Arreguin said at the press conference that the new project would direct staff to first examine methods of rapid rehousing. According to an outline of the Pathways Project, nearly 3 in 4 homeless individuals in San Francisco were formerly housed.

The STAIR Center is estimated to cost $2 million to establish and would involve additional operating costs, according to Arreguin. Part of the costs may be funded by Measure U1, but the city is looking at public-private partnerships to raise funds.

The navigation center and housing village are intended to remain open 24 hours per day and would allow pets.

The Pathways Project, which is co-sponsored by councilmembers Kriss Worthington and Linda Maio, has received input from community leaders and homeless activists and is scheduled to be introduced to City Council at its April 4 meeting, according to Arreguin. If the project is approved, city staff will be authorized to begin formally developing a 1,000-person plan, which will be presented by the end of the year.

Senior staff writer Melissa Wen also contributed to this report.

Pamela Larson covers city government. Contact her at [email protected] and follow her on Twitter at @pamreporting.

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  • lspanker

    Students: please note that the 3 posters below (Zint, Spade and intec) are all homeless individuals who were attracted to Berkeley by its hands-off attitude towards the homeless, and have refused to accept previous offers of housing. They didn’t come to Berkeley to study or seek employment. They are professional bums, plain and simple.

    • Mike Zint

      Students, please note this is not accurate. I came at the request of a shop steward to occupy staples and promote a boycott. On Nov. 1, 2014, I moved the occupation to the post office to help prevent it’s sale. During that 17 month occupation, I got involved with other local issues. During that occupation, we helped thousands of people in need. During that occupation, I never asked or received any assistance. After we were removed, I left Berkeley for several months. I came back at the request of 2 city commissioners. One because local leadership was not effective, and the other to protest the HUB. That was the start of The Poor Tour, which is still going on, and into its 6th month. All this can be verified by googling my name, or First They Came For The Homeless.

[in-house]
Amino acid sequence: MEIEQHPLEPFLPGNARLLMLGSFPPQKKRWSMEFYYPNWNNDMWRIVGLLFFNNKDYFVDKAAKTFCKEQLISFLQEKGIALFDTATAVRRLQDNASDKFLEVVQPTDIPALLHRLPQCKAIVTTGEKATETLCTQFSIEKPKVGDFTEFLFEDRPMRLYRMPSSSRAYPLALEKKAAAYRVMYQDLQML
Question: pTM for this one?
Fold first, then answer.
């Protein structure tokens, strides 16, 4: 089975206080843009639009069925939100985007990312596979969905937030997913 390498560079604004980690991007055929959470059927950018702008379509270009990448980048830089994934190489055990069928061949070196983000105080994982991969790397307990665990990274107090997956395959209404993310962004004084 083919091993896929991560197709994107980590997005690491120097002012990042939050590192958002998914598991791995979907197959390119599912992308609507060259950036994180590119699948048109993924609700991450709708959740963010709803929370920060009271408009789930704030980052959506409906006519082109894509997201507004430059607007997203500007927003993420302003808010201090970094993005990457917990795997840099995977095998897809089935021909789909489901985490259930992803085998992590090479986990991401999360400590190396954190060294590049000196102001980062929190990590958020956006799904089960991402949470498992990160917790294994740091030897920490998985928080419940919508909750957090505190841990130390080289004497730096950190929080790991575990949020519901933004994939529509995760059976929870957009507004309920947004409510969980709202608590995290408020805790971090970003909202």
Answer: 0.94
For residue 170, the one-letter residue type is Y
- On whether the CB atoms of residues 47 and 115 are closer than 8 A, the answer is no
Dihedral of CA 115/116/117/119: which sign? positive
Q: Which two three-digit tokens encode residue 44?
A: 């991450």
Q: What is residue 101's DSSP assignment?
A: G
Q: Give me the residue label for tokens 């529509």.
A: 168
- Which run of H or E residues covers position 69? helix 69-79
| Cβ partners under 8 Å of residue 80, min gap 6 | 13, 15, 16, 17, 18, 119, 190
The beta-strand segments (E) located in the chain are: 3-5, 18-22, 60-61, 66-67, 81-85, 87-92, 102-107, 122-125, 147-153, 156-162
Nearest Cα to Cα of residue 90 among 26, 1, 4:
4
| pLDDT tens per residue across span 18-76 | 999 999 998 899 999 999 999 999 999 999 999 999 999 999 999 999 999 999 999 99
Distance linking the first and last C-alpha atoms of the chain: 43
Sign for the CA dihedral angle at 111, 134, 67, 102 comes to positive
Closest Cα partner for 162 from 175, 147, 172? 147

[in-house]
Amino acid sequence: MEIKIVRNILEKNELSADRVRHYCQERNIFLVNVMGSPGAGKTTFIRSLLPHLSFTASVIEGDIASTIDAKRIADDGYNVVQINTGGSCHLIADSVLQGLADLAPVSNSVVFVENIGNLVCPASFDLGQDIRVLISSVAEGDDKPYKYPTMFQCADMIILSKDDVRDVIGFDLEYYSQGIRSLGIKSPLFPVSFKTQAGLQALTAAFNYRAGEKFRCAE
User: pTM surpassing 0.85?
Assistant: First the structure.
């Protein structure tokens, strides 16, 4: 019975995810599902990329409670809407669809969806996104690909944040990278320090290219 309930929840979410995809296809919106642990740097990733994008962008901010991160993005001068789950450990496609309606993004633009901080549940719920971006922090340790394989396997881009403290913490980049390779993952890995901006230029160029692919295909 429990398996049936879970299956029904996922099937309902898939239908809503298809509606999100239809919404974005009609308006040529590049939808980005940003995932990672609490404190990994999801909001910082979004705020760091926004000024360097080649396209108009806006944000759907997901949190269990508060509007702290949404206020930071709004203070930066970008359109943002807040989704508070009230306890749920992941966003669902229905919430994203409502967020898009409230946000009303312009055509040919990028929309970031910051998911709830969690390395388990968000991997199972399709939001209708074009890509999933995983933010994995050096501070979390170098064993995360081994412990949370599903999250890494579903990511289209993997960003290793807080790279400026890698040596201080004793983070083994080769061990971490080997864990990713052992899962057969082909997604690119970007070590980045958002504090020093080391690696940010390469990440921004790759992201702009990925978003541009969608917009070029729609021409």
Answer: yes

Stop spreading hate and negativity. It creates a bad environment for the future you have to live in.

  • Mike Zint

    Refugee camp was the first impression only. Closer inspection changed refugee camp into concentration camp. And it is.

    con·cen·tra·tion camp
    ˌkänsənˈtrāSHən ˈˌkamp/
    noun
    a place where large numbers of people, especially political prisoners or members of persecuted minorities, are deliberately imprisoned in a relatively small area with inadequate facilities

    Deliberately imprisoned by harassment and enforcement. Outreach for a few weeks to coerce, and resistance crushed by a raid. Inadequate facilities is lack of space, privacy, security of possessions. You are still exposed to bugs, germs, and everything that goes along with stacking living creatures on top of each other.

    The tent community model we have at The Poor Tour is successful and proven.

    We now have one of our best successes to date. Two months ago, he was an addict at Gilman. He got fed up. He came here clean. We put him up, clothed him, provided stability, and today he has a job. He is saving to get off the streets.

    We have three other occupiers doing the same thing.

    A concentration camp concept coming out of Berkeley scares the hell out of me. It should scare the hell out of all you too.

    Mike Zint
    First They Came For The Homeless

  • intec

    This project is a french farce. There is no privacy and no exit strategy.

  • Sam Spade

    Homeless leadership was never consulted. Carole Marasovic is an advocate of continuing charity as a solution to homelessness Loves seeing homeless people abused and kicked by BOSS